This concept was as true 2300 years ago as it is today. If the people do not have the same purpose as their leader, their leader will eventually fall. I believe it is the Chinese philosophy and understanding of Tao and perhaps the study of Sun Tzu (most likely required by their leaders as well), that has allowed China’s communist party adopt and allow capitalism to grow. They know that one can’t change the people’s will and that even with might – as described by Sun Tzu, can’t win the hearts and minds of the people. Hong Kong has existed for centuries as a trading and free market port and has survived every onslaught of authoritarian rule. The Japanese tried rule Hong Kong by might and that failed.
Sun Tzu recognizes that understanding and applying proper economic theory can lay waste to nations, raise armies, and is the ultimate determining factor in warfare. His book is as much about economics as it is about military tactics. Ultimately, Sun Tzu sees the big picture of the laws of Supply and Demand. While many like to view these ancient texts from a military standpoint, the big picture is the power of economics and understanding and respecting the laws of Supply and Demand.
Absolute power corrupts absolutely!
Communism and other forms of collectivism seemed fashionable after World War I, it was the solver for economic depression. Even our own nation embraced collectivism as FDR in the U.S. brought forth sweeping changes as Socialism was the solver for our economic woes, or so we thought. Germany moved quickly from a socialist party to Fascism, the Soviet Union was far more Fascist than Communist. China’s Mao Zedong was also far more Fascist than Communist in the beginning. Collectivism had grabbed hold of nations to one degree or another. It was collectivism with central planning, combined with a government controlled economics (Keynesian theory) that shifted power to the state – under the guise the state will solve our economic and social problems. Yet, we have seen these collectivist systems be it Communism, Fascism, and even Socialism fail. A government that marches towards a central planning collectivist regime doesn’t understand the message that Sun Tzu communicated 2300 years ago, “Tao is what causes the people to have the same purpose as their superior.” Rome even fell under the weight of failed economic planning, it fought the laws and Supply and Demand – it failed. Might is not always right, especially if you can’t fund it.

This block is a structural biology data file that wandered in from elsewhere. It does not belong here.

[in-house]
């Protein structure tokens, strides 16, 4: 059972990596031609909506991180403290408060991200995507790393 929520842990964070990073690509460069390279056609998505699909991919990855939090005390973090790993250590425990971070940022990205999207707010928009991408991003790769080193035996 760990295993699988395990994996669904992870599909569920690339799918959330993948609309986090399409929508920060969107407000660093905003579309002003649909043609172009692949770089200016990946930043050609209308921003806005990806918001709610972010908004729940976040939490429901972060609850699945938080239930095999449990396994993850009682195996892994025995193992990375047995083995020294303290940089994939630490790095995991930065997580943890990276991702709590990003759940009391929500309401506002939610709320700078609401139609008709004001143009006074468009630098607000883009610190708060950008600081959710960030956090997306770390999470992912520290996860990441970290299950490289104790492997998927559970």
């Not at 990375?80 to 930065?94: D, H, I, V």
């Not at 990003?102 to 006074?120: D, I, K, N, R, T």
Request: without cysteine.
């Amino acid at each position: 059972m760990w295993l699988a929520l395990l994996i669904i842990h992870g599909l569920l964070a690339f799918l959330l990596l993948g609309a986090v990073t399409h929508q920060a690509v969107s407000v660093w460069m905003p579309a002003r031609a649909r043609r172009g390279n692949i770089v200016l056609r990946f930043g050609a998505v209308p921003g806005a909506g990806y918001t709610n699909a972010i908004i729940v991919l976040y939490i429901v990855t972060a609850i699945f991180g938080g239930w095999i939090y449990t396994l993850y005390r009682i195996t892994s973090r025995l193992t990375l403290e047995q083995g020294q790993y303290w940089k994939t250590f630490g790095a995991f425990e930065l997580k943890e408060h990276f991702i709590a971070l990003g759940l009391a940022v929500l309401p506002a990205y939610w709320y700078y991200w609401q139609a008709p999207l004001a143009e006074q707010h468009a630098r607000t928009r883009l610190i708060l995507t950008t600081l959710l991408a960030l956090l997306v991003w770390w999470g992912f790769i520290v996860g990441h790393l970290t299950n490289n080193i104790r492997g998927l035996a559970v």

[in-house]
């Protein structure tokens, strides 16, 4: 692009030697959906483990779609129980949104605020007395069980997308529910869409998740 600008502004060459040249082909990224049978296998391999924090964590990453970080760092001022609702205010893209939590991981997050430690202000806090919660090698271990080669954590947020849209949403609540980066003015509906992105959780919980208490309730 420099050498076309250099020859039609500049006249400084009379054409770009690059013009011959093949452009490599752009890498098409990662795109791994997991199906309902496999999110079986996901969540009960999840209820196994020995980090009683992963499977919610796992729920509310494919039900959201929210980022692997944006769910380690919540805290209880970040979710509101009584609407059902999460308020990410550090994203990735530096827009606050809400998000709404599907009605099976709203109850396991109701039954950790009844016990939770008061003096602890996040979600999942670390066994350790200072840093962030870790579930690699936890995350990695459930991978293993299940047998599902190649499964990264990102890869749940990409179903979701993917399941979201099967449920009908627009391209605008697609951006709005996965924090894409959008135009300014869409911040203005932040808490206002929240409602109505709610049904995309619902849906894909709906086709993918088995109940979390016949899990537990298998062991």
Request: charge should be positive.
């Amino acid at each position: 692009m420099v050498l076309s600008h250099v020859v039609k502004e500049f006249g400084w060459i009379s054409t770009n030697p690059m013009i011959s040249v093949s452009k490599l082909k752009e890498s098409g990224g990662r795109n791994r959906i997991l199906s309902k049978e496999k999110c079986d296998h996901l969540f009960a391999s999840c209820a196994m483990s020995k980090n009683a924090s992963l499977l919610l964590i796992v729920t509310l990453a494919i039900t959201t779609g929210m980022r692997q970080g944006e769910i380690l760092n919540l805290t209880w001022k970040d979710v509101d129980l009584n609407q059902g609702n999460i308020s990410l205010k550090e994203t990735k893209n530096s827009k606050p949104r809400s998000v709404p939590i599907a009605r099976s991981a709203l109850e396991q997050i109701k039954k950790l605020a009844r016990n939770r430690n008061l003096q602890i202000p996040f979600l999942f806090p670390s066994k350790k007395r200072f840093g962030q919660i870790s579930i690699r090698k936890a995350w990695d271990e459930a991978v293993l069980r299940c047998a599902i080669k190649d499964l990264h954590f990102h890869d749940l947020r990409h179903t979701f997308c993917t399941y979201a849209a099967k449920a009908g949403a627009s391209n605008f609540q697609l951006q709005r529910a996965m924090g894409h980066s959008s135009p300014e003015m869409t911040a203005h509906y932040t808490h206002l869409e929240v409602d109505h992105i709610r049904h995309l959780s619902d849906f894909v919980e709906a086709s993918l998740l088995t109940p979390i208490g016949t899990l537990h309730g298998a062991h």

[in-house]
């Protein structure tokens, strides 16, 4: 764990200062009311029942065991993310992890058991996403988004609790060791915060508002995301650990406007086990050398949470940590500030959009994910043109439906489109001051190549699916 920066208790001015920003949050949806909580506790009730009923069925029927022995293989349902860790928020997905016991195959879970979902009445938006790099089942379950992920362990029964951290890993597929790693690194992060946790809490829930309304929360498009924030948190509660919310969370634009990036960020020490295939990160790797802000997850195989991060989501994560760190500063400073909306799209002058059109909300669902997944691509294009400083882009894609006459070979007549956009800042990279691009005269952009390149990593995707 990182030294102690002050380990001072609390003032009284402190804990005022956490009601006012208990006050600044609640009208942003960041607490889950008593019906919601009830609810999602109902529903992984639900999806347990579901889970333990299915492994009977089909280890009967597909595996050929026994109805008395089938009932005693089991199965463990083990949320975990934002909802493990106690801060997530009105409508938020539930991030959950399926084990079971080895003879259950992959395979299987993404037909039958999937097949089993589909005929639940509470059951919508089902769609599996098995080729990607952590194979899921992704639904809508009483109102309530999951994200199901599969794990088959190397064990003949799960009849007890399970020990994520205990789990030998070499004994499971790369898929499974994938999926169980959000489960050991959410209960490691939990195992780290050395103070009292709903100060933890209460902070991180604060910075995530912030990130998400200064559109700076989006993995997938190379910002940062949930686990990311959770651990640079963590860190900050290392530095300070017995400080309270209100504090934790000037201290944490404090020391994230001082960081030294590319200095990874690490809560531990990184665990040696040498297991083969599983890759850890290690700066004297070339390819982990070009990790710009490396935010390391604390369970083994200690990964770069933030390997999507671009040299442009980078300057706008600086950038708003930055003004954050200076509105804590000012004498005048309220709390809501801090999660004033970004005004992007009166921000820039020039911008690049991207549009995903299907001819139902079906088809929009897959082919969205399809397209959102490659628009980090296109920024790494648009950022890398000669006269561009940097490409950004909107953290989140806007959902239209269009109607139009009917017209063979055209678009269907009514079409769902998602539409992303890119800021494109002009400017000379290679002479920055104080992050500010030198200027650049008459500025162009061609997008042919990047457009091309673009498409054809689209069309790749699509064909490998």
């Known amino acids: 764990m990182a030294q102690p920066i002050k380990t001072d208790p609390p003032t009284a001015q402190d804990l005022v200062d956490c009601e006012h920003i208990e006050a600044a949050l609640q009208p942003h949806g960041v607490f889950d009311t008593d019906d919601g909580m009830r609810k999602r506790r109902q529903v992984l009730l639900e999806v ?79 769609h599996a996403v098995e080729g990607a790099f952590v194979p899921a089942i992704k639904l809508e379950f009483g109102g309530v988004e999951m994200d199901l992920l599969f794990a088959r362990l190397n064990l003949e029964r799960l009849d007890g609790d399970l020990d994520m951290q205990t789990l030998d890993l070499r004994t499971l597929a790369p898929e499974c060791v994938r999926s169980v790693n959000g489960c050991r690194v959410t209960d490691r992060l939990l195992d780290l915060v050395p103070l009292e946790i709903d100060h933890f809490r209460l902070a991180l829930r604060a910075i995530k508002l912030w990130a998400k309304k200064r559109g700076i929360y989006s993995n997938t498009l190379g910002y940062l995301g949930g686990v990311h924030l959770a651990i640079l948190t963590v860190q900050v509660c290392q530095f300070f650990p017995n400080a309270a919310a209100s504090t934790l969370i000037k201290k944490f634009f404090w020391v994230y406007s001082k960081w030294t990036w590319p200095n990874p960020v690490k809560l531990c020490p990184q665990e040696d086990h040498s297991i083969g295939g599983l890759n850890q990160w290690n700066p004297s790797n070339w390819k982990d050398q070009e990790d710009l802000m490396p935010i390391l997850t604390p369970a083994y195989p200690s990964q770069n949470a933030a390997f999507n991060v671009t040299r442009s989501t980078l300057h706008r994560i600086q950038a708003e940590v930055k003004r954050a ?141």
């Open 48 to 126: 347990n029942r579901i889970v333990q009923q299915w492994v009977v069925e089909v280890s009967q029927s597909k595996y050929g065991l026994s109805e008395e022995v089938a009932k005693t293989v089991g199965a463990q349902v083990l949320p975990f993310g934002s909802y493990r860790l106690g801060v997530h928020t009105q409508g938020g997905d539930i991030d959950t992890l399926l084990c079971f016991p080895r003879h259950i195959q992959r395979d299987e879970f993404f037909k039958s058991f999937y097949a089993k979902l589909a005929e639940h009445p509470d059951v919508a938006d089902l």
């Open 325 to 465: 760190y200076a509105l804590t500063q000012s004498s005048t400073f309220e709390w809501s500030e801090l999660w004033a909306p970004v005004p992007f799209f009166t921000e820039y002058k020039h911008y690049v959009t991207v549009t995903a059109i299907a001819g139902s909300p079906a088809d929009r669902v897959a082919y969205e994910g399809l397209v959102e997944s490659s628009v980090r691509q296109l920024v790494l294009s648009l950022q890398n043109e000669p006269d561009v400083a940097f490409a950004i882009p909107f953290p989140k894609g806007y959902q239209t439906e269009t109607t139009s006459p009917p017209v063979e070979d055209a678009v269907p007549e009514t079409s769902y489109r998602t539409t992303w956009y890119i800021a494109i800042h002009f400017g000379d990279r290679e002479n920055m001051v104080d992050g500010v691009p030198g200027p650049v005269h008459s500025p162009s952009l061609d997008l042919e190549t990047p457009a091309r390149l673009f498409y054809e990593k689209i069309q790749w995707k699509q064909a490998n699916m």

Courtesy of wikipedia
There is talk that some of the old guard and the current leader are pining for the previous days of communism and in their mind, days of glory. The problem is if this old guard and leadership move towards a more fascist position it could have damning broader impacts. Communism and Fascism are not the same and are commonly confused. Communism and to some extent the way it is practiced in China includes a change of leadership and ruled by a committee (frequently referred to as “the party”), whereas fascism has one leader and his cohorts are usually hand selected. In many ways the both can look like communism, but they are different. The difference between North Korea and China is one example. Yet I am not sure that neither the people nor the broader party would allow Xi Jinping (current China president) to take a more authority role. In some ways the Hong Kong situation is a test of his leadership. Rumors from inside the communist party are of some infighting in which the broader party wants to continue down the road of moderation and capitalistic growth, while the current administration is trying to reel that in. No doubt that Jinping is in a pickle, perhaps I should send over my son so they can watch Star Trek together and he can give Jinping a way out of the “no win” scenario. Perhaps Jinping has forgotten Tao and needs a revision course on Sun Tzu.
BRIC big picture